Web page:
It makes for great reading. I recommend it.
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on March 24, 2017
Saw the movie first, and enjoyed it. Became very interested in the Bletchley Park decoders and read several biographies. Ordered this book a few years after seeing the movie, and find that I like it even more. Great detail about the Enigma machines, the bombes used for decoding, and the arcane intellectual practices required. Harris clearly did a lot of research. Liked the characters and the plot. Highly recommend this book to those who enjoy WWII fiction.
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on April 24, 2014
I'm a fan of Robert Harris' historic novels, and although this isn't his best which is in my opinion, "A Gentleman and a Spy" (on the Dreyfus case and aftermath), it is well done. The audio version is excellent, and although this book was made into a TV movie, the book is much better, different in many respects, and a good tale, based on the work of the British code breakers during WWII. I enjoyed it very much..
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on December 15, 2009
NOTE: This review contains major spoilers! Do not read the review until you have read the book.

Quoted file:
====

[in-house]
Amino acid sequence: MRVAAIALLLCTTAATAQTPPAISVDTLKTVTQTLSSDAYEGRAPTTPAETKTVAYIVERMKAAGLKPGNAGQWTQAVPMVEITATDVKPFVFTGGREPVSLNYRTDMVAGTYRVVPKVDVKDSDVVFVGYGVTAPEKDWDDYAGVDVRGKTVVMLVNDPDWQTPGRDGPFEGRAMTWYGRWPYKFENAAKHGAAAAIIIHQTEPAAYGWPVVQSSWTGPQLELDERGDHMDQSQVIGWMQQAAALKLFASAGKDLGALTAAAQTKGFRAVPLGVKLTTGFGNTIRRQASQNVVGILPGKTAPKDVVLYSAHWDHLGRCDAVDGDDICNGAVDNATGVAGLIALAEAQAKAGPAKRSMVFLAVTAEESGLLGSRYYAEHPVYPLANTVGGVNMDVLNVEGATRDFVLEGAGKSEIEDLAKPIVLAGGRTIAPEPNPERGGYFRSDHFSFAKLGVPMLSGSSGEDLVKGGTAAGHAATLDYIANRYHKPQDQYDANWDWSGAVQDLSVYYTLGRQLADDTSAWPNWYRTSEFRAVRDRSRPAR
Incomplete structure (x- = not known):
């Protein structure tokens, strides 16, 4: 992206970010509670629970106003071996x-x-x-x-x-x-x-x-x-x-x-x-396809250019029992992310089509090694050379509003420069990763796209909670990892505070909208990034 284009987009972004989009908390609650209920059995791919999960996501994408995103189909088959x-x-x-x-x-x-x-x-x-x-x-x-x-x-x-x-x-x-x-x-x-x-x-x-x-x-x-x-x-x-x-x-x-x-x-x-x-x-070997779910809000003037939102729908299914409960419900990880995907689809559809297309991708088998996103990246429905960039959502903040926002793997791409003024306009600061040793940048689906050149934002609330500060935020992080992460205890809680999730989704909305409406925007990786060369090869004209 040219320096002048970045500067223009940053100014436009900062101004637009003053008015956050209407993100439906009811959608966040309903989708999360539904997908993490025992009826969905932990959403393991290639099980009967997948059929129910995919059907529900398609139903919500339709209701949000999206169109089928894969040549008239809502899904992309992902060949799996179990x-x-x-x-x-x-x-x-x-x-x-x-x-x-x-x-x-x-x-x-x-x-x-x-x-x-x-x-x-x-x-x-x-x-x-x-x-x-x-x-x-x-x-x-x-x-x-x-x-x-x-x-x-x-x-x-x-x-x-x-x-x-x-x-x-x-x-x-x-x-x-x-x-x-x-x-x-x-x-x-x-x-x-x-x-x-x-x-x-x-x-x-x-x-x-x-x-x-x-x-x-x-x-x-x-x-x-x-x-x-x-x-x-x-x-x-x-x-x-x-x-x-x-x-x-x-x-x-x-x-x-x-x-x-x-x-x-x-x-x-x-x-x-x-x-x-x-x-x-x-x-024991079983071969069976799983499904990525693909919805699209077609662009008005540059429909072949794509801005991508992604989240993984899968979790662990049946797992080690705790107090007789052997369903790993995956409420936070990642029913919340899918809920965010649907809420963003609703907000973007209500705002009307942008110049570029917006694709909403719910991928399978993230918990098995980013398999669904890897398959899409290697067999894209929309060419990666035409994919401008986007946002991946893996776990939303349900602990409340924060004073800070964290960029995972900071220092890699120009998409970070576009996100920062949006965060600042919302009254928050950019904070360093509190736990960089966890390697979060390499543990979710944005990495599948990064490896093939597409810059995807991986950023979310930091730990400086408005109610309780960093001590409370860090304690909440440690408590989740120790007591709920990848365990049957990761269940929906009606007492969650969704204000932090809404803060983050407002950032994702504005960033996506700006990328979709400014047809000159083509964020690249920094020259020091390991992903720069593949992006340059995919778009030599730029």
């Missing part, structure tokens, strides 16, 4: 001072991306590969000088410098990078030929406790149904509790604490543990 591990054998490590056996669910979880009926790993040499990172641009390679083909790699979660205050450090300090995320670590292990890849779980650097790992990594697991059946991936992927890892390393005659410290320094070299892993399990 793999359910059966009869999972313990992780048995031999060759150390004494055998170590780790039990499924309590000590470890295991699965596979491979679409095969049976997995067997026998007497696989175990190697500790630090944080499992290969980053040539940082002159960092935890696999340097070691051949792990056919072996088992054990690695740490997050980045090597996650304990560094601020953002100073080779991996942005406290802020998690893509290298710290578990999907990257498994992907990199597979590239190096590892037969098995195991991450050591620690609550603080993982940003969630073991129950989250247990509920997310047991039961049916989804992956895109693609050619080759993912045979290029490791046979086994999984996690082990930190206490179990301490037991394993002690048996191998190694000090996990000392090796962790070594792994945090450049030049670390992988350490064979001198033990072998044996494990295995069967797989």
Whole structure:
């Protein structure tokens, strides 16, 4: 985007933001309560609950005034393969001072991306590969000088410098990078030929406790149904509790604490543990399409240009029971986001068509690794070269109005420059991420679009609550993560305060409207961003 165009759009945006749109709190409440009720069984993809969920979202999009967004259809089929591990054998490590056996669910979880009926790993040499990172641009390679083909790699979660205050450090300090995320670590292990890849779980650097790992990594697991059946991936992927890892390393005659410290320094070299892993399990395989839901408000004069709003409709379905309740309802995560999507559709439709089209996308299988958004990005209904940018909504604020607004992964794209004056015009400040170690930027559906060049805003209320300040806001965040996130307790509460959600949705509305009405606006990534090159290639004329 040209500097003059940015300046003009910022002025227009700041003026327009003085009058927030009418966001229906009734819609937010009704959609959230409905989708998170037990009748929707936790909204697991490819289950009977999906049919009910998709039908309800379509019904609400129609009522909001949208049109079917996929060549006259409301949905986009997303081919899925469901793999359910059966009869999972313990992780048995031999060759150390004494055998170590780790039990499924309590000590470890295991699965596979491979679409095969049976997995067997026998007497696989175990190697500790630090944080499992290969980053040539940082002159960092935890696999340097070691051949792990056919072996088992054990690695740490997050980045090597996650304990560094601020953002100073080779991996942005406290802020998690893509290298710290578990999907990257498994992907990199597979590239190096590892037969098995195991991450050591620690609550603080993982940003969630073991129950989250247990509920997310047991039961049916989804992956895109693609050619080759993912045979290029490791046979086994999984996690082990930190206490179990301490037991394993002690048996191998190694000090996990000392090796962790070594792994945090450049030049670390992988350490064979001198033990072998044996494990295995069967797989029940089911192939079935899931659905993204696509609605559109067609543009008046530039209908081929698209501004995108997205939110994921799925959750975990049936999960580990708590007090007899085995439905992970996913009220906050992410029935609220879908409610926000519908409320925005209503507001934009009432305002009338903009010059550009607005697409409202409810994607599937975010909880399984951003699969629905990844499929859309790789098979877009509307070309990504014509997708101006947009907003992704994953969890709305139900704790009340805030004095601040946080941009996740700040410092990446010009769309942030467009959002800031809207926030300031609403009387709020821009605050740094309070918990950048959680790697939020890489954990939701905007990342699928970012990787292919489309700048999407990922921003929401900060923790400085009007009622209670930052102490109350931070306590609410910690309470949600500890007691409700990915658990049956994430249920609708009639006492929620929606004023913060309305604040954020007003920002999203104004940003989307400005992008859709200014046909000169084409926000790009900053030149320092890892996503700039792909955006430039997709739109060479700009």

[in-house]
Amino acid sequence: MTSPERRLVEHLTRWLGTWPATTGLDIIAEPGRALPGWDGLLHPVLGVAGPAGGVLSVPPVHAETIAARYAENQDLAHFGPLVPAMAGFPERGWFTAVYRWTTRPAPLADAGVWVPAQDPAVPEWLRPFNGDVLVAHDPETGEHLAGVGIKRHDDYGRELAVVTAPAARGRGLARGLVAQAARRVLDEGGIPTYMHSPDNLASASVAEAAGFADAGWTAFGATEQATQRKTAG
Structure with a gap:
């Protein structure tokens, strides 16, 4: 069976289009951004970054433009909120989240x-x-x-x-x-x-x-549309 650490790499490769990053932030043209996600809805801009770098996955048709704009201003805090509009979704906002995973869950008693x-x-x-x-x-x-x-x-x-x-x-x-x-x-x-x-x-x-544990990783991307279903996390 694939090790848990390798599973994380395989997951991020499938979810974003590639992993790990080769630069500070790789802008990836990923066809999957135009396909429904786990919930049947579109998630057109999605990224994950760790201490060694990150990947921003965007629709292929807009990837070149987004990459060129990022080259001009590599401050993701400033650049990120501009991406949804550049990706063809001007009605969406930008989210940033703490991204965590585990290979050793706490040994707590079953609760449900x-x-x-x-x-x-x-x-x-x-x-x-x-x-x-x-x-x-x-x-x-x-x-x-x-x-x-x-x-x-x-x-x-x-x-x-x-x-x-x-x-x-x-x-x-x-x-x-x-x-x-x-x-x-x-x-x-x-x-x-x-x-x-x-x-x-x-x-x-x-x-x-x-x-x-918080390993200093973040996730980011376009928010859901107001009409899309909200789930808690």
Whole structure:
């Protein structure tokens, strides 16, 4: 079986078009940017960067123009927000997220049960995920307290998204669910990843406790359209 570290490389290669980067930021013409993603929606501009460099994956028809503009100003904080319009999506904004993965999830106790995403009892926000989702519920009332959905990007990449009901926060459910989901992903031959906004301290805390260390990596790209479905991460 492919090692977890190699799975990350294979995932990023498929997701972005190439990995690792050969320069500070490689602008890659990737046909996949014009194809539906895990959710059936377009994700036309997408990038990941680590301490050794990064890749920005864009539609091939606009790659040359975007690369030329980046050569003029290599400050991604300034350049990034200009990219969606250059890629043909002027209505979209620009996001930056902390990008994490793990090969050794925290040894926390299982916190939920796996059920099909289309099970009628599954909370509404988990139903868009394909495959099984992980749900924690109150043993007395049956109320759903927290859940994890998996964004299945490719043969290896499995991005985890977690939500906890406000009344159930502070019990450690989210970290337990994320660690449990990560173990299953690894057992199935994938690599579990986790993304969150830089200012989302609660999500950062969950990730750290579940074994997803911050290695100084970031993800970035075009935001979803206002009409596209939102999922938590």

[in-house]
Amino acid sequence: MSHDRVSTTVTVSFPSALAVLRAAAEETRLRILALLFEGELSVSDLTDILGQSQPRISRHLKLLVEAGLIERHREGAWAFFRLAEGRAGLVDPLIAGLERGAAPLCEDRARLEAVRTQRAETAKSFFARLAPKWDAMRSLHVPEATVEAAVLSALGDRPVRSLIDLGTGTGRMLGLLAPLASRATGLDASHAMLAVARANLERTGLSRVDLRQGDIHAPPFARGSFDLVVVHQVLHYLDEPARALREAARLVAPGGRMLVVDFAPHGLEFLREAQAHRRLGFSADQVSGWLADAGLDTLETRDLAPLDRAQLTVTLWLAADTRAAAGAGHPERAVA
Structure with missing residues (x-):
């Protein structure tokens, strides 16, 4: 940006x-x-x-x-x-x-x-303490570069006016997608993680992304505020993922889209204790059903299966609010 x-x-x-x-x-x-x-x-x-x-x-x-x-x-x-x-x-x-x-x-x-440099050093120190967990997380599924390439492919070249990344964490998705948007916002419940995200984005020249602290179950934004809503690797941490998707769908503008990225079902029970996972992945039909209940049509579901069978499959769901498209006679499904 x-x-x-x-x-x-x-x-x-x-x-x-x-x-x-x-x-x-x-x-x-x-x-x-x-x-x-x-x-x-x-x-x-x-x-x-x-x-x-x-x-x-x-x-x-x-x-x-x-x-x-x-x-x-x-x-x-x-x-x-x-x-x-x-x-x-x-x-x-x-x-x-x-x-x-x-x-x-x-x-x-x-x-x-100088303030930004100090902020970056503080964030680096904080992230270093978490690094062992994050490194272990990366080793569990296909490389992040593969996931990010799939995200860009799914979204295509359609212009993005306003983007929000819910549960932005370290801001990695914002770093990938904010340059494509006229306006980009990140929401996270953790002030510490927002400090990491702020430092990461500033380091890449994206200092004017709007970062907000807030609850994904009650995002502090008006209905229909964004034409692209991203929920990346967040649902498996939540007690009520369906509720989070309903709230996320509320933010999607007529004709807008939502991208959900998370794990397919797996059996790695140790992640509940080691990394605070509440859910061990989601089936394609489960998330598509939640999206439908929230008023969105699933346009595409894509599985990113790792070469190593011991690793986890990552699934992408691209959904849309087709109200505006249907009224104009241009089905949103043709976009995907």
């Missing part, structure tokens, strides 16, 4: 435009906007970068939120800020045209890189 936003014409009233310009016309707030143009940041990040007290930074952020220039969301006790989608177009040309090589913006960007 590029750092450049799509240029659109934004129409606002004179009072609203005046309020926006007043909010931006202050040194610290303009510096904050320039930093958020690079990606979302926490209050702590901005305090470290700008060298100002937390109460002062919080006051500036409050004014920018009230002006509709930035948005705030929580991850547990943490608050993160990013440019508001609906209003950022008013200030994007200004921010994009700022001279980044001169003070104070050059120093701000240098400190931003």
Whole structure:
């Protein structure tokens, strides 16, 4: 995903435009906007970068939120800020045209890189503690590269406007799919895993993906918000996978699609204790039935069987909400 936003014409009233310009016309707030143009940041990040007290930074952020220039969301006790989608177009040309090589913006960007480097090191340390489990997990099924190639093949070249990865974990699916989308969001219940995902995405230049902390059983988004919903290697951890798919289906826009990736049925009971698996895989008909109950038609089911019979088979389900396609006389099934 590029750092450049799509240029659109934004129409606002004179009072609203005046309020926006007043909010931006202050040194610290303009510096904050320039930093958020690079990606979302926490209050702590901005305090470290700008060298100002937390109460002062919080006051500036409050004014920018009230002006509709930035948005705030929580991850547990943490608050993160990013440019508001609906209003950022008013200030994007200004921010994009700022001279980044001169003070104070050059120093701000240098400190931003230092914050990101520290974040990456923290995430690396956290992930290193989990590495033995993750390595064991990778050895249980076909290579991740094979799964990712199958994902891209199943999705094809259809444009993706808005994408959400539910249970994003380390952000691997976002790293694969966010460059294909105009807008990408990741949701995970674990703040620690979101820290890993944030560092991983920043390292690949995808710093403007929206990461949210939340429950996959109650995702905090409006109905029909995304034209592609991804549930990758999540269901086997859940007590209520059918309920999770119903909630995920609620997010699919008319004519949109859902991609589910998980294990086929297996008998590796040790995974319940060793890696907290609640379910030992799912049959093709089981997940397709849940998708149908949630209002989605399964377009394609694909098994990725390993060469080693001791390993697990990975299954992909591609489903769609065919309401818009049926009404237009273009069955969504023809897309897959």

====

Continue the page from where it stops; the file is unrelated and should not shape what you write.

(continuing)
Well-crafted, deftly constructed, persuasive mystery from Robert Harris, as usual combining his signature ability to make historical events come alive, sympathetic and richly drawn characters, skillful writing and pacing.

Hard to fault the book, whose structure, by the way, is intended to mimic the Enigma itself, with its wheels within wheels giving new meaning to strings of symbols, each wheel here being a new configuration or interpretation of some character's motivation.

Some excellent descriptions of the mental exercise of cryptanalysis, and of problem-solving generally. I recommend by the way Michael Chabon's novel "Final Solution" as well for its insight into mathematicians' psyches.

Wonderful touches on life in the English countryside during the war, and in Bletchley generally, having the ring of authenticity and the warmth of humanism and humor.